Shopify’s post-earnings drop worries investors, but it may not be all bad news
Shopify’s ( $SHOP ) software and services provide relatively simple solutions for helping people and businesses sell things online.
This was a power position in the early days of the pandemic when businesses were strongly compelled to embrace e-commerce. During that time, Shopify provided the path of least resistance and it quickly became the default choice.
Revenue soared 86% for Shopify in 2020, and that momentum continued throughout much of 2021. Until recently, the company’s stock followed suit. Shopify’s shares more than quadrupled between the beginning of 2020 and mid-November 2021.
But shares of Shopify have been tumbling since late last year, and it was down by about 16% in early trading on Wednesday (Feb 16th) after the e-commerce software company published fourth-quarter earnings that narrowly beat expectations, but cautioned about revenue headwinds in the first half of 2022. Partially driven by a concerning quarter, Shopify shares are down more than 60% from all-time highs, and are trading at levels not seen since early 2020.
Despite some rough news in this quarter, though, Shopify still looks like an incredibly strong business for the long-term.
During the fiscal year 2021, Shopify rolled out a number of new initiatives aimed at attracting more merchants, including TikTok Shopping, which allowed merchants with a TikTok for Business account to link directly to their online store checkout from the popular content app. (LinkUp job market data shows that Shopify began recruiting Tiktok-related jobs in 2020 Dec. It created 37 jobs in this area in 2021. There has been a small push for more TikTok related jobs, as we have seen the average number of new created TikTok-related jobs in the last 5 months was over 5.) The company also launched new retail hardware in six new markets, including Europe and Australia, as well as a money management product for merchants in the U.S.
In 2022, Shopify is going on a spending binge, expecting that various new services and initiatives would result in faster growth in the long run. One of them is Shopify Fulfillment which will pick, pack, and ship products on behalf of its small and medium-sized business (SMB) merchants.
“We are excited to update you today on what we’ve learned, how far we’ve come, and especially on where we’re heading as we move out of the prototype phase and into the build phase,” said Harley Finkelstein, Shopify president, as he detailed plans to consolidate the firm’s network into larger facilities and unify warehouse management that it’s been building and testing over the past 18 months.
Finkelstein said these changes will enable Shopify to deliver packages in two days or less to more than 90% of the U.S. population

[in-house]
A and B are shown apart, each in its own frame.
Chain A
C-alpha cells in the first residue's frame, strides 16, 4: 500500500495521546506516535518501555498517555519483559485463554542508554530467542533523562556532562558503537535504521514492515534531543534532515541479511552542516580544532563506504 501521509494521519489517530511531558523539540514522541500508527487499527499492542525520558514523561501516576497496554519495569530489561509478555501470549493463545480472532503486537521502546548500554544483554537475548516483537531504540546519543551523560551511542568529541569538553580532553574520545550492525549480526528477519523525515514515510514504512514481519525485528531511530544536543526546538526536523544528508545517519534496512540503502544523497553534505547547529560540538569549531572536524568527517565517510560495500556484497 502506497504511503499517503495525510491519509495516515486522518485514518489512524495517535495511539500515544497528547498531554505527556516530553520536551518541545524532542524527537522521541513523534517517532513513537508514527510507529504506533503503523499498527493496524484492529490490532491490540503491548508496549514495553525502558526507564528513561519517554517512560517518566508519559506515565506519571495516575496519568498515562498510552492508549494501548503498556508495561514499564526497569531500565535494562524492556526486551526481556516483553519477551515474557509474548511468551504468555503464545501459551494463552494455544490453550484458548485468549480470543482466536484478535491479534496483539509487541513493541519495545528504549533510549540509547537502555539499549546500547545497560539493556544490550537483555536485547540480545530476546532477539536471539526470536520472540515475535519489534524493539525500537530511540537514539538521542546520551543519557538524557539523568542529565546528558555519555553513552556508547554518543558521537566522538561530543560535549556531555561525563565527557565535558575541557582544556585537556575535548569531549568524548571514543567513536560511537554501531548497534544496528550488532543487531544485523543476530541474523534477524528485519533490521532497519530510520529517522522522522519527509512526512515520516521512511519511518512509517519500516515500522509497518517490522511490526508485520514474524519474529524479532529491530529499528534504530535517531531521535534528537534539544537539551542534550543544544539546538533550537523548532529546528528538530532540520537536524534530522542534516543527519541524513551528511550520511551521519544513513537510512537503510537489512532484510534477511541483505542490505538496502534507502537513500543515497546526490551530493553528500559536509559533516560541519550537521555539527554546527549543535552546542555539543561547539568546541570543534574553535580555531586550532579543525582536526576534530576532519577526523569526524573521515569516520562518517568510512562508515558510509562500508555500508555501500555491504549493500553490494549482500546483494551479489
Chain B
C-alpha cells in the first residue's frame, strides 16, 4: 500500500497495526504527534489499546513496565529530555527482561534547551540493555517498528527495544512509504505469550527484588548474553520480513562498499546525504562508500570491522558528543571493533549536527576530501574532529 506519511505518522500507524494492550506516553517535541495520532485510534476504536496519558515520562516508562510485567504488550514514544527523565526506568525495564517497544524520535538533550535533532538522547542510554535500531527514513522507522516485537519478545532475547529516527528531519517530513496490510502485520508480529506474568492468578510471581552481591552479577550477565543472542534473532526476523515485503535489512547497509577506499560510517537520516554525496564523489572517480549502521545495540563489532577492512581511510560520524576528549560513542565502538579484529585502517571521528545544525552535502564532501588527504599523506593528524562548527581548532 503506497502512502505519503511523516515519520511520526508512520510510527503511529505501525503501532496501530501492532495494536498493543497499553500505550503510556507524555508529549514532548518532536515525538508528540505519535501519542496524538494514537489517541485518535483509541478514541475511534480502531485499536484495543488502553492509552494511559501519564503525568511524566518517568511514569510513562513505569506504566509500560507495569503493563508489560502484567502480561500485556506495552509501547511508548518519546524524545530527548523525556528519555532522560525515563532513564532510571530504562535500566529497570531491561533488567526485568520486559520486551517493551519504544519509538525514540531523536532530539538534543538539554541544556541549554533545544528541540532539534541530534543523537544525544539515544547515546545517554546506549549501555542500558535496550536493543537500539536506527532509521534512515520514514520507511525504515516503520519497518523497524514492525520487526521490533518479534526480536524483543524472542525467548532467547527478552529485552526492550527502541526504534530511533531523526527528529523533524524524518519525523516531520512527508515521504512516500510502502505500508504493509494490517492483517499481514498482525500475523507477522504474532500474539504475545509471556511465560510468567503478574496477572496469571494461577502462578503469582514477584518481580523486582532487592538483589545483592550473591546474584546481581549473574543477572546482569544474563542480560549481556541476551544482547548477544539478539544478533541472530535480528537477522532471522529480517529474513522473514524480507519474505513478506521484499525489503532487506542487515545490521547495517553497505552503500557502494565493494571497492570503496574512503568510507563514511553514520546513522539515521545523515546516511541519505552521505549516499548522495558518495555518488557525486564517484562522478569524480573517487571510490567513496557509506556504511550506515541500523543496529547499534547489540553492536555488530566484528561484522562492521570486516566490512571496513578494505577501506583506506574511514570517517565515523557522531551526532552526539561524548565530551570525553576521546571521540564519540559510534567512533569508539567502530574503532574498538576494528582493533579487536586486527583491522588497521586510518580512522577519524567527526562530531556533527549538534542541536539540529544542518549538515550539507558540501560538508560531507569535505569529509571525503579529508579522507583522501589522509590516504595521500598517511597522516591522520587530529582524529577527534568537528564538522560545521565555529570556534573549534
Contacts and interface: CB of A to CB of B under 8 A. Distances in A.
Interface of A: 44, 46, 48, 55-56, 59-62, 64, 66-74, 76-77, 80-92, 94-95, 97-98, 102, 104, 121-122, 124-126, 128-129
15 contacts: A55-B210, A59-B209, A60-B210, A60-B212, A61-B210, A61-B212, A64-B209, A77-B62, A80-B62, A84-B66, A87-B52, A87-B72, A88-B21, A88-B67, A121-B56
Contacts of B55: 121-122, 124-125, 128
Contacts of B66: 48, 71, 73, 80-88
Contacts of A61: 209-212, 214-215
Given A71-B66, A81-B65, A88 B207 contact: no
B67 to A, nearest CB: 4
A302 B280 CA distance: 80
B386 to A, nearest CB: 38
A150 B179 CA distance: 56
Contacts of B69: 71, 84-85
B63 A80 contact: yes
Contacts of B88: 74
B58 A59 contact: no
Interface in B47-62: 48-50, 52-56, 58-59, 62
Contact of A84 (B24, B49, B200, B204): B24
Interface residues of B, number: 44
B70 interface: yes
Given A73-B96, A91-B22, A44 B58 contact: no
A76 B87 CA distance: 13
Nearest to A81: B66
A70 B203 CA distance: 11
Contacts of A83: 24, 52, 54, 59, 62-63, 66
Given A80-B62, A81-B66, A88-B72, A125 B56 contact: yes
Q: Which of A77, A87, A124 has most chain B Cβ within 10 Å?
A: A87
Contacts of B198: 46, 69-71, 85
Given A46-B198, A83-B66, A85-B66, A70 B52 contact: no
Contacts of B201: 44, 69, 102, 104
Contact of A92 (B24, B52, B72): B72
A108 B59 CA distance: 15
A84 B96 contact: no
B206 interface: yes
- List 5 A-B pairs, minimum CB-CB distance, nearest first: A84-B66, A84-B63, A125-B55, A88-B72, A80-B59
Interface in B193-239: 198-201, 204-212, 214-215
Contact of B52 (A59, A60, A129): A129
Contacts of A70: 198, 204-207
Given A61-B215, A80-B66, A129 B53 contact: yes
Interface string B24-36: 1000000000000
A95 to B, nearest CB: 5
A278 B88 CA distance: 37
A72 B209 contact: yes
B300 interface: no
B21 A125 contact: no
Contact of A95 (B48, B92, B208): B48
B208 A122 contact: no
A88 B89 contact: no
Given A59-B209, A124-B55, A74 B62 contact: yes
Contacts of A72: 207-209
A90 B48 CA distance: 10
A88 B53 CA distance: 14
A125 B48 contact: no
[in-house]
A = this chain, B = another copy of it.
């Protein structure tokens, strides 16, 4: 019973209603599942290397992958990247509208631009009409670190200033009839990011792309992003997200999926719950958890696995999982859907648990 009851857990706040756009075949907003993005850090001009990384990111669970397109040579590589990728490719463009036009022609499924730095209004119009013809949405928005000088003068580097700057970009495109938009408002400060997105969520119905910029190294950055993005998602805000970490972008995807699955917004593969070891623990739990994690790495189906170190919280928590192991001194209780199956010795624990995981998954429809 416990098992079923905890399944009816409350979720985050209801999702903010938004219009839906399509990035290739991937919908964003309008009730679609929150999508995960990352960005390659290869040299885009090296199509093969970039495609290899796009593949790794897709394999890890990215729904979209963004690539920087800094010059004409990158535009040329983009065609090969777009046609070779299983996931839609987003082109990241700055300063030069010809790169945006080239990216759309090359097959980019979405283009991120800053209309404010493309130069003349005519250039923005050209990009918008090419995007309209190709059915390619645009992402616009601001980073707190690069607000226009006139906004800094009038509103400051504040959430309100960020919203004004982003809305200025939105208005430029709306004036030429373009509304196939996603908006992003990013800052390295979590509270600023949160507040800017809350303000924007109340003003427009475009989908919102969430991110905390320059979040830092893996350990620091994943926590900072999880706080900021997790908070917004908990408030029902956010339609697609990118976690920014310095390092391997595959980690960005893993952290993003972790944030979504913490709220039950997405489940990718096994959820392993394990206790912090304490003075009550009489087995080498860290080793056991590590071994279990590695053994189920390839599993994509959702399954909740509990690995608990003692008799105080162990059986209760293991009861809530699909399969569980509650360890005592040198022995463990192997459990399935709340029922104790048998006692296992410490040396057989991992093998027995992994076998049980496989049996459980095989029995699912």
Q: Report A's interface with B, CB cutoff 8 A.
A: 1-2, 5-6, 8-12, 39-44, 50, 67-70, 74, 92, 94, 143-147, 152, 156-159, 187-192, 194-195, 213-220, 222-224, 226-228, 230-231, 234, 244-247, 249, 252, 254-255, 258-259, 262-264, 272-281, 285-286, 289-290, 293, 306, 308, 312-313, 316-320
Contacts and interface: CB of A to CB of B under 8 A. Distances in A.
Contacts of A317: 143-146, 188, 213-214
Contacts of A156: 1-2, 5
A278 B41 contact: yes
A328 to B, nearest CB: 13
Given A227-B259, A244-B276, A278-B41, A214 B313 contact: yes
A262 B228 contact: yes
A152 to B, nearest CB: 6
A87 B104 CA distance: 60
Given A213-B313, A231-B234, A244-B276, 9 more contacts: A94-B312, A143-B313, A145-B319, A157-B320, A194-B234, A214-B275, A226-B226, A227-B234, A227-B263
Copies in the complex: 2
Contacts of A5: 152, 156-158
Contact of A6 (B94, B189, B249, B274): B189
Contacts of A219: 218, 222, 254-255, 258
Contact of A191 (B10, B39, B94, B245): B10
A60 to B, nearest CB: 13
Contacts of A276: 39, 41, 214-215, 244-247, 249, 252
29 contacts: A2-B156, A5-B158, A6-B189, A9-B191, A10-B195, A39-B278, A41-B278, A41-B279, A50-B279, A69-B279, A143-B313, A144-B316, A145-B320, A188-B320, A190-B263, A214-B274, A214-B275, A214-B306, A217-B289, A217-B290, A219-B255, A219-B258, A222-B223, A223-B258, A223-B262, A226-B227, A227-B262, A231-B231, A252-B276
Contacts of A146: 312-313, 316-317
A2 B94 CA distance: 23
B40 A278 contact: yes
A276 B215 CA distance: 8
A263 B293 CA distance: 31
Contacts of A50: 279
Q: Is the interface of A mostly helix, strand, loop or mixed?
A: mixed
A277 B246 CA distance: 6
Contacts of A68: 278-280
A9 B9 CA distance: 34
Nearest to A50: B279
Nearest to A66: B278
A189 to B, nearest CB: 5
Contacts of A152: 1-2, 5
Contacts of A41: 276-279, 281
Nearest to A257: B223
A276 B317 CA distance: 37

The company is also looking to expand internationally to keep its rapid growth. The company partnered with one of China’s biggest e-commerce brands, JD.com ( JD 3.6% ), to allow Shopify merchants to sell products in China. Additionally, Shopify’s investment in Global-E also allows merchants to use its services, making it easier for companies to expand worldwide by breaking down international payment, logistics, and language barriers.
To support its long-term goal of making Shopify a no-brainer choice for SMBs looking to grow, Shopify plans to ramp up the hiring of research and development engineers this year despite a competitive labor market. From LinkUp job market data, the number of active job postings is trending up since Dec 2020. In January 2022, Shopify’s year-over-year growth rate of active job postings was 236 percent, compared to 39 percent for BigCommerce and 32 percent for WIX.
On top of the significant increase in overall job postings, the percentage of Computer and Mathematics related jobs climbed from 32% to 52%, indicating the company’s strong commitment to new services and initiatives. A little fun fact: Shopify CTO, Allan Leinwand, responded to the news that Peloton cut 2,800 jobs a few weeks ago by posting on LinkedIn. He promised a 48-hour turnaround on applications from any laid-off Pelotoners and Shopify was able to attract that talent without much effort.
Shopify’s trojan horse—e-commerce enablement that expands into a comprehensive service spanning payments, fulfillment and logistics, financing, and other needs—will continue to be powered in 2022. Growth might be slower from here on out as Shopify faces short-term headwinds. But if those investments pay off, Shopify could see sustained adoption and growth for years to come. Let’s see what will happen…
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